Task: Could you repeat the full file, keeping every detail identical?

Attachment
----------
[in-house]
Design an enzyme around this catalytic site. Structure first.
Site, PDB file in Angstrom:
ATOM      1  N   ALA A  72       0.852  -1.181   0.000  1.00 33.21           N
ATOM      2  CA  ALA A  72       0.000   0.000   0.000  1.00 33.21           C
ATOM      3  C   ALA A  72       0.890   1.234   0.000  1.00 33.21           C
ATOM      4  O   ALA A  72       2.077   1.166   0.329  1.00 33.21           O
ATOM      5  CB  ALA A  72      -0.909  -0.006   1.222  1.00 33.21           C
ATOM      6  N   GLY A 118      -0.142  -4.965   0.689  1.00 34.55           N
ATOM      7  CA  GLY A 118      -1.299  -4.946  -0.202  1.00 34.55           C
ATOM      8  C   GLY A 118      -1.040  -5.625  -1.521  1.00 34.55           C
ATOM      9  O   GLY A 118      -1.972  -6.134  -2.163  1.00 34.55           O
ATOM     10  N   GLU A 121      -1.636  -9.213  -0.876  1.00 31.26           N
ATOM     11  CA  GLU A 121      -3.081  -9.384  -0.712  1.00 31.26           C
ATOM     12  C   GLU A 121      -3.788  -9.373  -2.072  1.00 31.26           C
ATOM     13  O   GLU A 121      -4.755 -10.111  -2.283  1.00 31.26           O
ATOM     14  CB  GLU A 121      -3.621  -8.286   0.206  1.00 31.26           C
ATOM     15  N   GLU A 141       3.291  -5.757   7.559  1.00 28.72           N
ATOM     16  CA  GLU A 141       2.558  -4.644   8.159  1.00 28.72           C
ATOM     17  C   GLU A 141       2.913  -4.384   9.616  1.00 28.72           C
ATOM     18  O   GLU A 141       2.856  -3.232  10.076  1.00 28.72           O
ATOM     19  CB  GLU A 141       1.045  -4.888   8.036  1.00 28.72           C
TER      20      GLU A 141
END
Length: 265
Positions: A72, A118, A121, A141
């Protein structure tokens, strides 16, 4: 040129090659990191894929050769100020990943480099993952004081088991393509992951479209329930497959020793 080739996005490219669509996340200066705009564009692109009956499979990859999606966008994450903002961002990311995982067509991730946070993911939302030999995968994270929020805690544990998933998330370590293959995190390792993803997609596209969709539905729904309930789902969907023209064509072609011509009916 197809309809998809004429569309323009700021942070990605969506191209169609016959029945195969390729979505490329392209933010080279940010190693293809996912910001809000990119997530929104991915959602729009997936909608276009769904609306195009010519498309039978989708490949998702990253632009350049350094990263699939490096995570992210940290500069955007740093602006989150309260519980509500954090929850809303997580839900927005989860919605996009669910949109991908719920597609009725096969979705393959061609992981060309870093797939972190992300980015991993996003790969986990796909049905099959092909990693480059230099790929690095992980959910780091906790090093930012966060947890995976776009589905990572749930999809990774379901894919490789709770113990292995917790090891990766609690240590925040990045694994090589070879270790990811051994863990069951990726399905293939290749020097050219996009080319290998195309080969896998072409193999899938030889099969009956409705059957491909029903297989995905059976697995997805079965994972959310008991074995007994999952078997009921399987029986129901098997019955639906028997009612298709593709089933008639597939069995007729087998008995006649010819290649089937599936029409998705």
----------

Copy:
[in-house]
Design an enzyme around this catalytic site. Structure first.
Site, PDB file in Angstrom:
ATOM      1  N   ALA A  72       0.852  -1.181   0.000  1.00 33.21           N
ATOM      2  CA  ALA A  72       0.000   0.000   0.000  1.00 33.21           C
ATOM      3  C   ALA A  72       0.890   1.234   0.000  1.00 33.21           C
ATOM      4  O   ALA A  72       2.077   1.166   0.329  1.00 33.21           O
ATOM      5  CB  ALA A  72      -0.909  -0.006   1.222  1.00 33.21           C
ATOM      6  N   GLY A 118      -0.142  -4.965   0.689  1.00 34.55           N
ATOM      7  CA  GLY A 118      -1.299  -4.946  -0.202  1.00 34.55           C
ATOM      8  C   GLY A 118      -1.040  -5.625  -1.521  1.00 34.55           C
ATOM      9  O   GLY A 118      -1.972  -6.134  -2.163  1.00 34.55           O
ATOM     10  N   GLU A 121      -1.636  -9.213  -0.876  1.00 31.26           N
ATOM     11  CA  GLU A 121      -3.081  -9.384  -0.712  1.00 31.26           C
ATOM     12  C   GLU A 121      -3.788  -9.373  -2.072  1.00 31.26           C
ATOM     13  O   GLU A 121      -4.755 -10.111  -2.283  1.00 31.26           O
ATOM     14  CB  GLU A 121      -3.621  -8.286   0.206  1.00 31.26           C
ATOM     15  N   GLU A 141       3.291  -5.757   7.559  1.00 28.72           N
ATOM     16  CA  GLU A 141       2.558  -4.644   8.159  1.00 28.72           C
ATOM     17  C   GLU A 141       2.913  -4.384   9.616  1.00 28.72           C
ATOM     18  O   GLU A 141       2.856  -3.232  10.076  1.00 28.72           O
ATOM     19  CB  GLU A 141       1.045  -4.888   8.036  1.00 28.72           C
TER      20      GLU A 141
END
Length: 265
Positions: A72, A118, A121, A141
């Protein structure tokens, strides 16, 4: 040129090659990191894929050769100020990943480099993952004081088991393509992951479209329930497959020793 080739996005490219669509996340200066705009564009692109009956499979990859999606966008994450903002961002990311995982067509991730946070993911939302030999995968994270929020805690544990998933998330370590293959995190390792993803997609596209969709539905729904309930789902969907023209064509072609011509009916 197809309809998809004429569309323009700021942070990605969506191209169609016959029945195969390729979505490329392209933010080279940010190693293809996912910001809000990119997530929104991915959602729009997936909608276009769904609306195009010519498309039978989708490949998702990253632009350049350094990263699939490096995570992210940290500069955007740093602006989150309260519980509500954090929850809303997580839900927005989860919605996009669910949109991908719920597609009725096969979705393959061609992981060309870093797939972190992300980015991993996003790969986990796909049905099959092909990693480059230099790929690095992980959910780091906790090093930012966060947890995976776009589905990572749930999809990774379901894919490789709770113990292995917790090891990766609690240590925040990045694994090589070879270790990811051994863990069951990726399905293939290749020097050219996009080319290998195309080969896998072409193999899938030889099969009956409705059957491909029903297989995905059976697995997805079965994972959310008991074995007994999952078997009921399987029986129901098997019955639906028997009612298709593709089933008639597939069995007729087998008995006649010819290649089937599936029409998705």